So Many Beautiful Things

On Tuesday 18th June we welcomed Susan Stronge to lecture at the Society. She is Senior Curator in the Asian Department at the Victoria and Albert Museum. As you might expect her lecture included many beautiful things. She chose to talk on “The Lapidary Arts of the Mughal Empire in the 17th and 18th centuries”. We learnt lots about the material and techniques employed, the types of objects produced and the patrons of the craftsmen. It was a delightful chance to see images of many wonderful artifacts.

Susan Stronge lecturing at the Royal Asiatic Society

Our lecture programme continued on Thursday 27 June with a Guest Lecture by Dr Ravinder Reddy when we were treated to another array of beautiful things but in a completely different context. Dr Reddy lectured on the “Numinous Imagery on Arms and Armour of the Indian Subcontinent” and therefore showed some exquisite decoration upon the weapons. The decoration of weapons he related to our desire to beautify, show prestige and to sanctify. In this latter desire he showed how the use of images of gods in decoration can be seen as an act of sacralization of the weapon and therefore a call on the god to be a source of protection.

Dr Ravinder Reddy

And tonight (Friday 28 June) our events programme continues with the joint book launch of From Stone to Paper: Architecture as History in the Late Mughal Empire and Ottoman Baroque: The Architectural Refashioning of Eighteenth-Century Istanbul when their authors, Chanchal B. Dadlani and Ünver Rüstem will be in discussion with Dr. Sussan Babaie. I expect, considering the titles of these publications, that we will again be treated to more beautiful images.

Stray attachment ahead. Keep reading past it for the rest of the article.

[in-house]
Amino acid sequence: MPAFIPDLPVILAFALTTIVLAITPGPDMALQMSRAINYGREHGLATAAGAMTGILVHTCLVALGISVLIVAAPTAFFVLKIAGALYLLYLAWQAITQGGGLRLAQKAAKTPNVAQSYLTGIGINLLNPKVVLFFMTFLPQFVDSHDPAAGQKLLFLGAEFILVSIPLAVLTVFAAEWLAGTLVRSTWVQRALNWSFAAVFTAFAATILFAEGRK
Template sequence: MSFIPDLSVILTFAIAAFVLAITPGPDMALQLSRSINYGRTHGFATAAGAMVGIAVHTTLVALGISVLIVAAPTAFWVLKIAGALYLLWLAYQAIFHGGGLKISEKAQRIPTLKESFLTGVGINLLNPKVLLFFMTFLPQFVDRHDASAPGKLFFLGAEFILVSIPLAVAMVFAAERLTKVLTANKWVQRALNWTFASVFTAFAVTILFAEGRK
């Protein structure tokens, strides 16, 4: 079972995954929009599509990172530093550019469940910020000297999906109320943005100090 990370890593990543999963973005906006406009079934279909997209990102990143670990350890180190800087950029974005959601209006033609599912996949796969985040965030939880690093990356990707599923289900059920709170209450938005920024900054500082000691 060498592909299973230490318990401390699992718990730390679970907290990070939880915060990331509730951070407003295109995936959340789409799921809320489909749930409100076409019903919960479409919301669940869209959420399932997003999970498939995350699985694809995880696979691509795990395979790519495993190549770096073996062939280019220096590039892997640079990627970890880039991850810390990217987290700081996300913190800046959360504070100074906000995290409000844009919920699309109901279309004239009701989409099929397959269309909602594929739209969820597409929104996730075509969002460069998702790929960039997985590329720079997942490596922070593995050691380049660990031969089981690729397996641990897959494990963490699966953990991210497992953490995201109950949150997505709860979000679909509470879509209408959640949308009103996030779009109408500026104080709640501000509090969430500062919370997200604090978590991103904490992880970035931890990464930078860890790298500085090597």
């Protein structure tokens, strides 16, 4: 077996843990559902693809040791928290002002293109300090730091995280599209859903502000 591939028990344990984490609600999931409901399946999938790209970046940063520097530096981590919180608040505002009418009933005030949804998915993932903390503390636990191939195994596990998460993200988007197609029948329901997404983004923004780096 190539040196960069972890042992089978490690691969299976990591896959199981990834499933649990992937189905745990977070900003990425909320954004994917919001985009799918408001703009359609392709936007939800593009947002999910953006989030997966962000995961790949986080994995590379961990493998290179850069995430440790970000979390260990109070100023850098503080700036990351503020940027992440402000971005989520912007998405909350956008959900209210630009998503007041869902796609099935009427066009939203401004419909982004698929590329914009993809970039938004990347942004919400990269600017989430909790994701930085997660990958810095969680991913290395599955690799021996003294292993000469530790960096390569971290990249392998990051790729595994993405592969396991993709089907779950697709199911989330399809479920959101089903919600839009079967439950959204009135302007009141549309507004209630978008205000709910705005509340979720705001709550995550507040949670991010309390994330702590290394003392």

Beuatiful things, of course need looking after. Our Director, Alison Ohta was recently at the symposium at Camberwell School of Arts. She writes:

On Monday 17th June, the 2nd year  MA in Conservation (Books and Archival Material; Works of Art on Paper), Camberwell College of Arts, held its final symposium and ‘end of year show’, sadly closing its doors to students after 50 years because of budget reviews by the University. The course under the direction of Jocelyn Cuming with  Eleni Katsiani attracted students from all over the world and today these graduates are employed in numerous  important cultural heritage institutions.  Many tears were shed by the moving tributes to Jocelyn and Eleni  by Cheryl Porter and former students expressing deep regret at its closure and the hope that this very specialised course, first of its type in the UK and one of the first internationally, might rise again from the ashes and find a home in another institution.

Cheryl Porter, Jocelyn Cuming and Professor Nicholas Pickwoad

For several years students from the course chose to work on items in the collections of the RAS as part of their end of year project and  their contribution to the conservation of items in the RAS collection will be sorely missed. This year Rebekah Habord stabilised two loose manuscript leaves with miniature paintings and two genealogical trees from the Tod collection.  Here is her work:

Head Cat. 058.001 (recto) – Layla in a garden


Head Cat. 058.001 (verso) – Three birds


Head Cat. 058.002 (recto) – Majnun in a landscape


Head Cat. 058.002 (verso) – A prince on a piebald horse


Head Cat.037.177 – genealogical tree of the Chandravansa race


Head Cat.037.178 – genealogical tree showing the descent from Swayambhava to Brij